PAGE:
SANDER: ... on the brick. And it's like flaking off in one corner.
SANDER: Now there's no actual moisture or there's no real sign that there's wet there. But like there were boxes up against the wall and they got kind of destroyed.
TOM: Does it look sort of white and crusty?
TOM: Well, what you're seeing is mineral salt deposits. So what this means is you have moisture that's getting into that foundation wall and then as the moisture kind of wicks through the foundation wall and then evaporates into the air it leaves behind its mineral salt; its mineral deposits. So you have to do a couple of things here. First of all, to clean what you have I want you to mix up white vinegar and water. That will sort of melt those salts away.
LESLIE: It makes it disappear like immediately.
TOM: Yeah, it works really well. And you may have to go over it with a bit of a wire brush to kind of get it all nice and clean.
SANDER: No, I tried using a wire brush down there because I was thinking of just trying to sand it down and then recoat it with the waterproofing material. (inaudible)
TOM: Yeah, but that's only part of the problem here, OK?
TOM: We want you to clean up what you have but the more important step for you to do is to stop the moisture from getting there in the first place. The two areas to look are grading and drainage.
LESLIE: Yeah, and they're really easy to fix. You want to make sure that you stay on top of maintaining your gutter system on your house. You want to make sure that the gutters are clean and not overflowing because if they're full, that moisture's just going to fill up and over the gutter itself and then end up right at your foundation wall. So make sure they're clean. Make sure those downspouts are running smoothly because if you don't have any screening on top of that downspout, branches and all sort of yuck can get down there and just really clog it up.
Well, you want to also then look at to where your downspouts are depositing the water. They don't want to be just dropping that water right against your foundation wall, which a lot of people do. You want them to come out.
SANDER: They're going into like the drain tiles, which takes it to the back corner of my yard into a little creek.
TOM: OK, then you need to make sure that the drain tile does not have a break in it. Because that's actually a very common condition, where you get a break underground. That moisture that you're seeing in that corner is coming from your roof or it's coming from the surface grade. Now, if your downspouts are clean; if they're free flowing and if they're going into an underground pipe, I bet that you have a break in that pipe somewhere that's allowing the water to leak out. That's the only possible solution. It's not going to come from any place else. It's going to be coming from drainage above that's leaking into the wall and you've got to figure out where that's happening and dry it out. The grading and the gutters.
LESLIE: (overlapping voices) Yeah, and then you can recoat the interior of the basement.
LESLIE: But until you fix what's going on outside it's just going to keep happening over and over again.
TOM: That's right. That's the last thing you need to do. OK?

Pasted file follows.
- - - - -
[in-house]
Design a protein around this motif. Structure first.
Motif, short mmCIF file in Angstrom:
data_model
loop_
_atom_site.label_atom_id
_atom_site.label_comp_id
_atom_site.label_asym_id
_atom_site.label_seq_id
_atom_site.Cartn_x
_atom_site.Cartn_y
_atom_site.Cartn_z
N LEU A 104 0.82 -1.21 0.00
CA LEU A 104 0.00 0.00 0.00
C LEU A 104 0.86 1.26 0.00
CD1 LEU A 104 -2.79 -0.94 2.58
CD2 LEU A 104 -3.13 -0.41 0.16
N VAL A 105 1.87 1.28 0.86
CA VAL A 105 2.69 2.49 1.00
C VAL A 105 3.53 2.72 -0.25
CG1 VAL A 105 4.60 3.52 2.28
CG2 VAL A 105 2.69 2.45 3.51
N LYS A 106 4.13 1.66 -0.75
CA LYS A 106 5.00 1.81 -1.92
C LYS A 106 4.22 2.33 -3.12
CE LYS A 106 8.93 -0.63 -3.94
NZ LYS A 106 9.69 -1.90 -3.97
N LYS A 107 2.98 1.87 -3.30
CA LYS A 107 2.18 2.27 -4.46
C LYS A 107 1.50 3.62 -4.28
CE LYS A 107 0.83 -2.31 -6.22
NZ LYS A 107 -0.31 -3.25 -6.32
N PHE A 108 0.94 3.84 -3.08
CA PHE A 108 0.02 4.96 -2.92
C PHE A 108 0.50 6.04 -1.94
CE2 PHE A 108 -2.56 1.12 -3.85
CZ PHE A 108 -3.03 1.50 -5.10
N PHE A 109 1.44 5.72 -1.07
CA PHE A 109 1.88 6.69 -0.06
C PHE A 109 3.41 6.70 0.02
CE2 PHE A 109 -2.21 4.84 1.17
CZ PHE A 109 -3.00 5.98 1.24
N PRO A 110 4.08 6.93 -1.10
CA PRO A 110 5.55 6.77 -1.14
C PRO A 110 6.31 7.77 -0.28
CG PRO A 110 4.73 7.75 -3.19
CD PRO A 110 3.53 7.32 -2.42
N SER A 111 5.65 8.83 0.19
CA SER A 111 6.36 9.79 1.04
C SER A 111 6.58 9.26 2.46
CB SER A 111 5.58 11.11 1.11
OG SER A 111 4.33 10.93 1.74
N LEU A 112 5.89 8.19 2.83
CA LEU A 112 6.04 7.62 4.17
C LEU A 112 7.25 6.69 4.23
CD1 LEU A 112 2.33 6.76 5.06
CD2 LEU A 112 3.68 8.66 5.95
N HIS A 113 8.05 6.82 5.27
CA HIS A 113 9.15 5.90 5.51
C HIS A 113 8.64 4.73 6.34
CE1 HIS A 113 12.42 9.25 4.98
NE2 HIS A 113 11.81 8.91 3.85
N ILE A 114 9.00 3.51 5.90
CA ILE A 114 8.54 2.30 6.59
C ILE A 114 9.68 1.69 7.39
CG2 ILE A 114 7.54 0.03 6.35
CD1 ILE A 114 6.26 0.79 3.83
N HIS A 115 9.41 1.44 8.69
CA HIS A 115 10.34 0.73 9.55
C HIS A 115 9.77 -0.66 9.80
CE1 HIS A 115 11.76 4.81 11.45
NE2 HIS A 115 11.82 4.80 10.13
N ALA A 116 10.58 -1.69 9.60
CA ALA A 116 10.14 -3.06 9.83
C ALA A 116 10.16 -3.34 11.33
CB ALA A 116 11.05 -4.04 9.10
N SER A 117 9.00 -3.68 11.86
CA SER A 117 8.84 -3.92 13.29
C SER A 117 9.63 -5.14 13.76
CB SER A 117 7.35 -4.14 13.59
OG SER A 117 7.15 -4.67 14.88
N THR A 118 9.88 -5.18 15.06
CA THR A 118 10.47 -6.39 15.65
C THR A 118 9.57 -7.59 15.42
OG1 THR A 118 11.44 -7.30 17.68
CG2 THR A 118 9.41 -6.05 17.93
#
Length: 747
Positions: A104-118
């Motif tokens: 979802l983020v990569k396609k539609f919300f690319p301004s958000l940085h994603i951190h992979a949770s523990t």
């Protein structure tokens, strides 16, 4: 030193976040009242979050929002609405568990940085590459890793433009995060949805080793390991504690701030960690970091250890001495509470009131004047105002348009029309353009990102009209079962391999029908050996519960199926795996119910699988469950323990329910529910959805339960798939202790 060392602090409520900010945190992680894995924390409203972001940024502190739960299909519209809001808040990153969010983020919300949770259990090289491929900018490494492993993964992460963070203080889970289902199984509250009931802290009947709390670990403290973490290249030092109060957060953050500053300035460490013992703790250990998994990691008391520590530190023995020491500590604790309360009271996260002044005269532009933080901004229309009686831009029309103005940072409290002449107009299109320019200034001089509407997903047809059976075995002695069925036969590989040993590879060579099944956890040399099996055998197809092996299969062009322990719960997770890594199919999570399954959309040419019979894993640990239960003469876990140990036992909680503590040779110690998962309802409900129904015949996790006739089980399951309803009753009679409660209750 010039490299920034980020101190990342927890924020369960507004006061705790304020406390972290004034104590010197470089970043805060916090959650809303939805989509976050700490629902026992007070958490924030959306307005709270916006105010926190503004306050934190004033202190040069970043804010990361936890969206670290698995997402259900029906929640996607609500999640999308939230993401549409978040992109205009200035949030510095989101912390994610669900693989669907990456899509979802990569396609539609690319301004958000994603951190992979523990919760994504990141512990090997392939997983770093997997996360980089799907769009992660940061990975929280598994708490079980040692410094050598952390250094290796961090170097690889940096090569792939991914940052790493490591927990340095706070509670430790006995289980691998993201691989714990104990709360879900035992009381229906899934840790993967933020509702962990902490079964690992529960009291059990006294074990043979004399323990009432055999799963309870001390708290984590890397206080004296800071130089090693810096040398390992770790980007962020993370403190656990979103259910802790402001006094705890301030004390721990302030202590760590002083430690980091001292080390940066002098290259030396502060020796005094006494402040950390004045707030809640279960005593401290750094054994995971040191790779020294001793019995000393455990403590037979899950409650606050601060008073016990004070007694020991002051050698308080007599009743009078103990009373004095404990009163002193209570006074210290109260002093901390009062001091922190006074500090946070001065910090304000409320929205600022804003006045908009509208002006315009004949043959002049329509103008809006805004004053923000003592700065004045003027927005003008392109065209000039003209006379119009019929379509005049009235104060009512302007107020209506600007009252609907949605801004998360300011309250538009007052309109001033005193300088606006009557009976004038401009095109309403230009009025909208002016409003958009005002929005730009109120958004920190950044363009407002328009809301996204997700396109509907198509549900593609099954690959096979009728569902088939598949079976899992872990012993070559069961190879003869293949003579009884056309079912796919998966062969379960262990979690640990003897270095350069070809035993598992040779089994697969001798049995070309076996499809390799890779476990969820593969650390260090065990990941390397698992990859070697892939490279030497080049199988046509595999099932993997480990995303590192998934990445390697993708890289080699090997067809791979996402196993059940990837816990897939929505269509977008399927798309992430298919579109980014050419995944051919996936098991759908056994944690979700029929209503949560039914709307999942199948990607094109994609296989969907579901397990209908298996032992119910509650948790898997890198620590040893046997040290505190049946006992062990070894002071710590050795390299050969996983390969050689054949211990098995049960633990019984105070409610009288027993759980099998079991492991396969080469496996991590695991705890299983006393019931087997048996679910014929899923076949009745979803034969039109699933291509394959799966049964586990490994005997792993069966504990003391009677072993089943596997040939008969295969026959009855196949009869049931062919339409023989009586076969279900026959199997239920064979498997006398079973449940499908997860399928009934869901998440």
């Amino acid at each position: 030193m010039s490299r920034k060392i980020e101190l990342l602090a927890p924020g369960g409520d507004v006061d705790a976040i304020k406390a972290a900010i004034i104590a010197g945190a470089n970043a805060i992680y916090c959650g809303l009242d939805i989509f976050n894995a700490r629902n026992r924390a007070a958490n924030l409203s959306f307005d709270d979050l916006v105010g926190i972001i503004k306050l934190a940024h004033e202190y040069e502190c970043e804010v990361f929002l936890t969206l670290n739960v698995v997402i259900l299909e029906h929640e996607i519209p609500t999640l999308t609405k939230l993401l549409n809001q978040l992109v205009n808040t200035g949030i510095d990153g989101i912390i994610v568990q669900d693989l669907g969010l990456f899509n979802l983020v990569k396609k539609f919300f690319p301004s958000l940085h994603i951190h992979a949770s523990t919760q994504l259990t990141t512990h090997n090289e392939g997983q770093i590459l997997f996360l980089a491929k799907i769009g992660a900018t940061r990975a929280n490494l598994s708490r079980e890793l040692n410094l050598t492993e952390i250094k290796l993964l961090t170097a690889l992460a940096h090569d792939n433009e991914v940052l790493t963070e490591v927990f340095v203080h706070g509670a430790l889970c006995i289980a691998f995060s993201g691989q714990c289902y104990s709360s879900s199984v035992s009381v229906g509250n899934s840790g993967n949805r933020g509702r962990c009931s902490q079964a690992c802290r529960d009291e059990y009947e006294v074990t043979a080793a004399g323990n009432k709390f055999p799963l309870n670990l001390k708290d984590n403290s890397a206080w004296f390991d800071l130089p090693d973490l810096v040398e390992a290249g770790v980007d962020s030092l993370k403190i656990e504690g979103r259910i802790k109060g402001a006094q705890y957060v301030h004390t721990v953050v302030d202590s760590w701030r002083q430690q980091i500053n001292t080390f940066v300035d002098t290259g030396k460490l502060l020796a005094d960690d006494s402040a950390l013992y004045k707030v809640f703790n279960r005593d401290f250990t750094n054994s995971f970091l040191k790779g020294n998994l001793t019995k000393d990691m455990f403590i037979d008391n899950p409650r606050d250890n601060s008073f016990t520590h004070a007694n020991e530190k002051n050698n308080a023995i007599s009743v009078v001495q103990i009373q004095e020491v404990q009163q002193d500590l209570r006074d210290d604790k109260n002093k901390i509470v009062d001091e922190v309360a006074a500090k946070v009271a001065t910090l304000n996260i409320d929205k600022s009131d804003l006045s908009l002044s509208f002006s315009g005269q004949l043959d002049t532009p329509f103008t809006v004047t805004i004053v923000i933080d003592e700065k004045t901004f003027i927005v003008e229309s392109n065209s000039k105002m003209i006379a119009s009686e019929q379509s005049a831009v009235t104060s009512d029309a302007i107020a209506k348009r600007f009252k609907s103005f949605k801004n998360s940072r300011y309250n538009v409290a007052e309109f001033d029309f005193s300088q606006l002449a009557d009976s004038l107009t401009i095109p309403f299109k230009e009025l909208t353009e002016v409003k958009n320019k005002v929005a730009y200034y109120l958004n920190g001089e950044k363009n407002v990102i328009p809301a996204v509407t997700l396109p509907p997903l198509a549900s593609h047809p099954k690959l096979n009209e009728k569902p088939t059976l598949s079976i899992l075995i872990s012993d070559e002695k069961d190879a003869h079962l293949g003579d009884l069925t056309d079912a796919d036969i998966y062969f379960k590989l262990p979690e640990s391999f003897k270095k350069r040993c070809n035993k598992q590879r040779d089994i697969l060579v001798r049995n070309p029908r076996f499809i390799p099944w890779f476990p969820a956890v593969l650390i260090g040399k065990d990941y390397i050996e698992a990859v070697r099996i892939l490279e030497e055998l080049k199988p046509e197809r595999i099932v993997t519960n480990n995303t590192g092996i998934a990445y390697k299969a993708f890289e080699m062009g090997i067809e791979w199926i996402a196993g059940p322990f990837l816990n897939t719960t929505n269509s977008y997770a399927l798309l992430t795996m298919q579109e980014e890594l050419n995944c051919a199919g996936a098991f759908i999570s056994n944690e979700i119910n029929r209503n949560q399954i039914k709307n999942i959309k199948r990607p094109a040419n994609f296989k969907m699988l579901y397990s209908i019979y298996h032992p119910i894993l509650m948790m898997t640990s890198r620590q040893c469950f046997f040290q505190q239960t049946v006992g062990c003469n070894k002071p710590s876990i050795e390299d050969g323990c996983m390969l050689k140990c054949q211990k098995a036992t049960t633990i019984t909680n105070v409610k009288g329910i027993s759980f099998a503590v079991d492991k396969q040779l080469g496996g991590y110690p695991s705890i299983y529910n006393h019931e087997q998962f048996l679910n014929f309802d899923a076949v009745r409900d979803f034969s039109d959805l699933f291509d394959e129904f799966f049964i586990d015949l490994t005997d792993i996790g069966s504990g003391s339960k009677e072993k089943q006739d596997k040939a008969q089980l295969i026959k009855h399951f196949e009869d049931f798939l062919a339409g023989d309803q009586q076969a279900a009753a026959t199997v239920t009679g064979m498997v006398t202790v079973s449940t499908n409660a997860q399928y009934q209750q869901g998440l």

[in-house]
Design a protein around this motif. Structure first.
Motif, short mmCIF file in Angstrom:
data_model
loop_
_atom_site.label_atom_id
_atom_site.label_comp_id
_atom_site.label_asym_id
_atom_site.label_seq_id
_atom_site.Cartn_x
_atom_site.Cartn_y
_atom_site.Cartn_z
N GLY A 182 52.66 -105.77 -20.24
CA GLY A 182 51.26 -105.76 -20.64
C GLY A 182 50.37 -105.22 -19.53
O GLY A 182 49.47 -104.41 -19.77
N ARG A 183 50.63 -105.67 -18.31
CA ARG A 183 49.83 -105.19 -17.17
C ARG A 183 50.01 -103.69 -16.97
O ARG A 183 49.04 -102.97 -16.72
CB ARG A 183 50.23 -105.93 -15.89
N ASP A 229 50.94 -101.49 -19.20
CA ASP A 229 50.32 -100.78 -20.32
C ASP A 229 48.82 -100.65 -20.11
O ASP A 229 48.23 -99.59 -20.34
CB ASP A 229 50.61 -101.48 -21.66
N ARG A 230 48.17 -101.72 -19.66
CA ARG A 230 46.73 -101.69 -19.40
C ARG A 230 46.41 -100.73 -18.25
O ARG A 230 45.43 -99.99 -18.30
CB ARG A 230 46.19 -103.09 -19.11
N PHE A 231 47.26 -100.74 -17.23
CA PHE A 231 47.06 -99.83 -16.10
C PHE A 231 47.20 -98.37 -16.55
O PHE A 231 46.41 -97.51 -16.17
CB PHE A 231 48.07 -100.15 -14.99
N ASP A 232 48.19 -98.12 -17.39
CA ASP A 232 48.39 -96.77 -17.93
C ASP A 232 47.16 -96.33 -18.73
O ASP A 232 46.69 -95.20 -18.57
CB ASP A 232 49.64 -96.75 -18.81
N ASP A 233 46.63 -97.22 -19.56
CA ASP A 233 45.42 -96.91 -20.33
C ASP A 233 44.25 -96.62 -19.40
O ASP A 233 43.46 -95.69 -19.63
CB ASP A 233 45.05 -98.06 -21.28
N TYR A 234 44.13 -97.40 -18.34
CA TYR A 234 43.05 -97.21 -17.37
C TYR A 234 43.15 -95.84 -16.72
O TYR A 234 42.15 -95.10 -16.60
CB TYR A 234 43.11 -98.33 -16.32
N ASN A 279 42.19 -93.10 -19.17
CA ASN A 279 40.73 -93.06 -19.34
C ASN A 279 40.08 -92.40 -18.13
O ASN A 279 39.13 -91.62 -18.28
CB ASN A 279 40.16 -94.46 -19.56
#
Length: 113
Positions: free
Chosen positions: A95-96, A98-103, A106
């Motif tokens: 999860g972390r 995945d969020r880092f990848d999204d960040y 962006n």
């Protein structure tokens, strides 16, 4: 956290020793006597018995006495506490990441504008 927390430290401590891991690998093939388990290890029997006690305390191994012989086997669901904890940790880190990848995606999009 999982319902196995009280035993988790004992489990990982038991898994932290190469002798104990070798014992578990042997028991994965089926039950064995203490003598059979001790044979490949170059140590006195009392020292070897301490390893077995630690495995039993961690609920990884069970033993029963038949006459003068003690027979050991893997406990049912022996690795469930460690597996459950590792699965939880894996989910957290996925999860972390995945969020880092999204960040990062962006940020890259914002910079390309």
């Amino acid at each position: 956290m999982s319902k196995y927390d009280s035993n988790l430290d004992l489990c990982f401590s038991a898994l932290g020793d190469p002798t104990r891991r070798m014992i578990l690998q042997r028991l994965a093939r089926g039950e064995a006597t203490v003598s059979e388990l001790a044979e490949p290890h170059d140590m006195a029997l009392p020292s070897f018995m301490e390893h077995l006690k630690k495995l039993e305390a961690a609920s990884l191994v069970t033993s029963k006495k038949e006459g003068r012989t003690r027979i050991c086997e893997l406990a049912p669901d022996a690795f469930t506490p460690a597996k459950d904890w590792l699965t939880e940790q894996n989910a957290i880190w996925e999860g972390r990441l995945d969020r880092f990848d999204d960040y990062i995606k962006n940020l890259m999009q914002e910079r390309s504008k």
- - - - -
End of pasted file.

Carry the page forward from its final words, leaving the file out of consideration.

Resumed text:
SANDER: Unfortunately it's not a really good spot to go looking at because I think it's underneath my deck, right where the stairs come down. So there's no clearance.
TOM: (chuckling) OK.
SANDER: (inaudible) house and driveway. But I'll go looking (inaudible)
TOM: There is one - there is one other thing you can do. If it's really an issue that you want to get to the bottom of, you can hire a drain cleaning service with a drain cleaning camera. They actually have a camera that can go through that pipe and see the inside of it and pick up ...
LESLIE: (overlapping voices) And tell you exactly where this problem is.
TOM: Yep, exactly. (Sander chuckles) They do it for sewer pipes all the time.
SANDER: It might be simpler just to run another drainage pipe away from the house right there. (Leslie chuckles)
TOM: Perhaps. But that's going to be the source of the trouble. Thanks so much for calling us at 888-MONEY-PIT.
LESLIE: If you're in Washington like Margaret you can find The Money Pit on KSBN. What can we do for you today?
MARGARET: What I need to know is what kind of a process do I need to go through to take vines off of a front of a house. And they're around quite an area. And the (inaudible).
TOM: Well, there's a couple of things that you need to do. First of all, if it's very thick it's probably a good idea to spray it with a product like Roundup first. Because that's going to kill it and make it wither around and sort of release ...
LESLIE: Well, it'll also dry up its grip that it's got on it.
TOM: Yeah, because those grips are really, really strong. And then once you - then when you spray that on you're going to have to wait a couple of weeks and then you pull it down. It comes down quite easily. Then once you have it down then you could really start to dig out the root area around the bottom of the foundation where it's starting to really get its water. And if you hit those areas I think that you'll clean it up quite nicely. You don't want to use anything like a pressure washer or something like that strong because you're apt to damage it. I think if you spray it with Roundup, pull it off - if there's any vines that are still sort of stuck on there, just like the little fingers of the vine, you could brush that off with a wire brush.